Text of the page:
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A lot of shaky camera work to scream “hey, look, it’s a documentary, all of this is real!”

Was the mother possessed after becoming a mother? Would indicate a lack of sexual innocence – could she still be considered innocent in some way?  Like it was not her choice to get pregnant?  How will they handle the cause of her possession?

Could be a suppression of female sexuality so that they do not leave their family – especially with the daughter saying that was your husband and she loved her husband very much.  Possession could be read as a metaphor for independence, for developing agency and self-reliance. Arguing that patriarchy has to come in and put them back in their place.

Again, somehow and for some reason, the supposedly secretive Vatican allows for a documentary crew to film Isabella when she visits Maria.  Disbelief, you are hard to suspend here.

“You shouldn’t have killed your child. It’s against God’s will you know.” And then she freaks out and screams. Was she possessed for having an abortion? The daughter terminated her pregnancy, and the mother knew it.  Abortion as a reason for possession would definitely be in keeping with Church doctrine and with the conservative and patriarchal idea of punishing women for having choice.

The documentary filmmaker is more interested in what he is creating, the documentary, than the feelings of the daughter. “That’s great stuff” he extols after Maria starts screaming.

Isabella doesn’t like that possession and exorcism of her mother defines who she, Isabella, is. Does she want to be normal, to go along with the patriarchy?  Is she embarrassed by her mother?

Isabella meets up with some young priests who she first met at the lecture.  These young priests, Father Rawlings and Father Keane, are rogue exorcists, performing exorcisms without Church authorization. They blame the bureaucracy, hypocrisy, and changed rules for the Vatican no longer performing exorcisms.  According to them (and heard repeatedly throughout these films), there are four factors to determining possession: unnatural strength, aversion to religious objects, speaking in languages and knowing things she doesn’t know, and preternatural movement.

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Rawlings and Keane use technology, science to determine when people are possessed. This approach was also discussed in The Exorcist book – how Karras used audio engineering and linguistics to determine if Regan is possessed. Which demonstrates how much all of these movies come back to The Exorcist as a template.  And, perhaps, how they have been influenced by other supernatural documentaries, like Ghost Hunters and Monster Hunters.

The rogue exorcists take Isabella out to experience a “real exorcism” so that she can understand it and learn to help her mother. The possessed is a girl, teen, tied up in the basement – no reason given for why she is in the basement, or what led to her being possessed. Emergent sexuality with this girl, as her behavior toward Isabella indicates a lesbian tendency, then blood comes out of her vagina. Almost rape imagery as they hold her down and perform the exorcism on her on the floor. “Give way to Christ” and “Bow down before God.” Submit yourself to God and you will be fine. And then she is at rest.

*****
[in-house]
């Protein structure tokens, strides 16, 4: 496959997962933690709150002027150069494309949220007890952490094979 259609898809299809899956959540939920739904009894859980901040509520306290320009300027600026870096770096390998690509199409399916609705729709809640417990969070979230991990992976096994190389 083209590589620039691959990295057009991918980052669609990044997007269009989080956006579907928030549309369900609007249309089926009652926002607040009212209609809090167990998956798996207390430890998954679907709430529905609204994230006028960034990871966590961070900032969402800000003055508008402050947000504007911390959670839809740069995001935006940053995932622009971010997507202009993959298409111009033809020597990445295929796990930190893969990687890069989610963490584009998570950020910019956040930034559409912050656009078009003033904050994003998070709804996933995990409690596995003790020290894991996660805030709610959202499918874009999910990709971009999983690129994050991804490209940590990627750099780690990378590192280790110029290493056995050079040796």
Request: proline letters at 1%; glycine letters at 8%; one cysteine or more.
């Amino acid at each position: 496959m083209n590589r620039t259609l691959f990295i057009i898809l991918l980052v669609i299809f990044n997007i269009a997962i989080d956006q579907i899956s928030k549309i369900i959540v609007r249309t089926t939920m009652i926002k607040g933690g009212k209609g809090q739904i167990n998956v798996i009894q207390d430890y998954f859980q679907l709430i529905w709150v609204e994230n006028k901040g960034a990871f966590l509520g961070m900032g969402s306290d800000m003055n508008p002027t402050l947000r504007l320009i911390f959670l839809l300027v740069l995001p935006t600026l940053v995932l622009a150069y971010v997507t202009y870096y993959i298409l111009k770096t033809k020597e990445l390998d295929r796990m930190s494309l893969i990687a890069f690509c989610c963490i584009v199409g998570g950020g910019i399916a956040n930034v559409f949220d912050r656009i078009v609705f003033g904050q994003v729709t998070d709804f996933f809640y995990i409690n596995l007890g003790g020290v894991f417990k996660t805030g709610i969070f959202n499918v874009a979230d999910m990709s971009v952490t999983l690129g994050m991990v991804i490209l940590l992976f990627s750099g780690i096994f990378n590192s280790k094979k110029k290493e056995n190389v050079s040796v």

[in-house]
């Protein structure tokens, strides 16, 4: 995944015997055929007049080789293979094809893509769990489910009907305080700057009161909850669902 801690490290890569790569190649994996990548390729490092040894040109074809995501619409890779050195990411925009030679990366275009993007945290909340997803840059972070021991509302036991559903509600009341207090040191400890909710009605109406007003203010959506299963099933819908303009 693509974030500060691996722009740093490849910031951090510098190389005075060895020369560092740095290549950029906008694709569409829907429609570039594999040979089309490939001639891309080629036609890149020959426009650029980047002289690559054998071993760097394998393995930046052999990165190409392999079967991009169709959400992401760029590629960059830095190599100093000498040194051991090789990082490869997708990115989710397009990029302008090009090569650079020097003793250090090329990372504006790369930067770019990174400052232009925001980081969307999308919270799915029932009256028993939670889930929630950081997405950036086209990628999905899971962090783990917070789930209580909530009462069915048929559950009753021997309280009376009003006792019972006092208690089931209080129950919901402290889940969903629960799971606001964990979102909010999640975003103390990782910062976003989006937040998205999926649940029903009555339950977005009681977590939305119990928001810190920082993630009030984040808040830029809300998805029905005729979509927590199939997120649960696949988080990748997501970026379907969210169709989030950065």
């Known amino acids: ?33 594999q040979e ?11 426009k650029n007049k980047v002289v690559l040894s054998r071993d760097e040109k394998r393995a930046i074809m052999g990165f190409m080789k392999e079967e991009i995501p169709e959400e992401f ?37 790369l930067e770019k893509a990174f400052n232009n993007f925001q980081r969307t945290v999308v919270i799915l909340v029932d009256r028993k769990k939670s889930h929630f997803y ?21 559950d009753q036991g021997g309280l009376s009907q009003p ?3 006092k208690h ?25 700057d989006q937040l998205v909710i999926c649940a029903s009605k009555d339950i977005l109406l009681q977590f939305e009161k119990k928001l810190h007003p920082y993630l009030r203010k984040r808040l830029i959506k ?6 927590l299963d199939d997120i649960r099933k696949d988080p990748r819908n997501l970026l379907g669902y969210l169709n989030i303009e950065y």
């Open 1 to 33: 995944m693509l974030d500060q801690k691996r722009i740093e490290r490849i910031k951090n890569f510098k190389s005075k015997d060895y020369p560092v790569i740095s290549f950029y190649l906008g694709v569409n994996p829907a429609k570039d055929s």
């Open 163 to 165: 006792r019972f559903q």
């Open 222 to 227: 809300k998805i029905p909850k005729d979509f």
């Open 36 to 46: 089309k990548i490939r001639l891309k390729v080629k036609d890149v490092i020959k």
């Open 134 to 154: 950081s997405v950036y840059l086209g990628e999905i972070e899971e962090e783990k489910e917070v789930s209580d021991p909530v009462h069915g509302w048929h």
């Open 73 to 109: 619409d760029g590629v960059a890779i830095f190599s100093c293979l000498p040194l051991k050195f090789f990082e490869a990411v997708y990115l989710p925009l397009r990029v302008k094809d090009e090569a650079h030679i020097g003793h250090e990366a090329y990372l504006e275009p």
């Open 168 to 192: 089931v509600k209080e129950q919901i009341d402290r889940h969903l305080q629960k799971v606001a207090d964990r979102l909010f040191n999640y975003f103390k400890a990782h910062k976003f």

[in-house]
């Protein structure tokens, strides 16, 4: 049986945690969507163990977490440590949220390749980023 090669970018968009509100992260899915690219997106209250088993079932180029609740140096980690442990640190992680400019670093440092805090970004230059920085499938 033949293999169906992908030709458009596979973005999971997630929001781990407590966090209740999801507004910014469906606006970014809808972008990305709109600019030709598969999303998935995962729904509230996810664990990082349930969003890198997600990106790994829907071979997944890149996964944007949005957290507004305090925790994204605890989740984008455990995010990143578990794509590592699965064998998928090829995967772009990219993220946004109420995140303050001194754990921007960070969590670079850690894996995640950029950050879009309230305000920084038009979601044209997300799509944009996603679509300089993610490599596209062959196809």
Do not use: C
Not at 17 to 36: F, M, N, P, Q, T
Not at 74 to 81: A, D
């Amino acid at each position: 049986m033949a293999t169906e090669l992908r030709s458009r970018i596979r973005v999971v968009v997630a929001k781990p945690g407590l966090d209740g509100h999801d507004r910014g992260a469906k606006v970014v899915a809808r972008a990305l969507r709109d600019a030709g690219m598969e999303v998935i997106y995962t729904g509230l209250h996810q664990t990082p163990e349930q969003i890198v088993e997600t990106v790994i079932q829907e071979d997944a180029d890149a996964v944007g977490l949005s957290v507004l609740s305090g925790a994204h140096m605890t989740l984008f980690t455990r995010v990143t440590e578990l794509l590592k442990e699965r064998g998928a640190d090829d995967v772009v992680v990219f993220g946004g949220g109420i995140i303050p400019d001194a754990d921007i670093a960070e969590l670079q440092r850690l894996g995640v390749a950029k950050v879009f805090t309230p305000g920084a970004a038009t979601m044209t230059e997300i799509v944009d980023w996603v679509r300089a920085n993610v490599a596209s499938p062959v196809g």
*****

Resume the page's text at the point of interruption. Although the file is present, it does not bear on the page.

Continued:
But I have to wonder, after watching so many of these recent movies, on the fascination with the spectacle of a woman’s contorted body.  Is it in the fascination with the ability for a real body to move in such ways, without the assistance of — or at least too much assistance of — computer effects?  But there are men who can do this as well, and yet they are not shown…so what is it really that fascinates us with seeing women able to warp their bodies into these inhuman knots and angles?  Does it harken to the idea of the otherness of the female body?

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The rogue exorcists really believe in their work, challenging the modern Vatican by going even more old school: “What we are doing in the eyes of the Church is very wrong.” “That is how we know what we are doing is right.”  Father Rawlings seems to not care much about the Church, as he seems very unhappy with how they run exorcisms. “I feel the Church needs to change.” “I am going to have to do what I believe.”  Seriously, he wants to out-do the Church at their own traditions, which positions him as the most regressive person in the film, although he is also positioned as heroic.

He is similar to the other priests in exorcism cinema who were questioning their faith and then that that faith restored because of the exorcism.  Only here, Father Rawlings never is seen questioning his faith, only the institution of his faith, because of their lack of belief in demonic possession.  It goes from being a personal journey to a rebellious one.  Father Keane is worried about being arrested and deported but he also sees problems with the institutions but he wants to help the mother.  It’s like the movie is saying that there isn’t anything wrong with the individual, it is the institution that is corrupt and must be taken down.

Flies again. What is it with flies? A fly is on Maria just before she wakes up and screams.

Screaming as an expression of Maria’s voice – her real voice. Questioning masculinity of Father Keane by calling him a faggot — again a throwback and an apparent genre convention for this subgenre.

Apparently Father Rawlings has done something bad and has fallen from God’s good graces. Something about his uncle.  Which then seems to suggest he is overcompensating?  Instead of self-reflection to fix himself, he is lashing out at the Vatican.

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The way that Maria acts towards Isabella when possessed in this scene is sexually suggesting lesbian nature and incest between mother and daughter.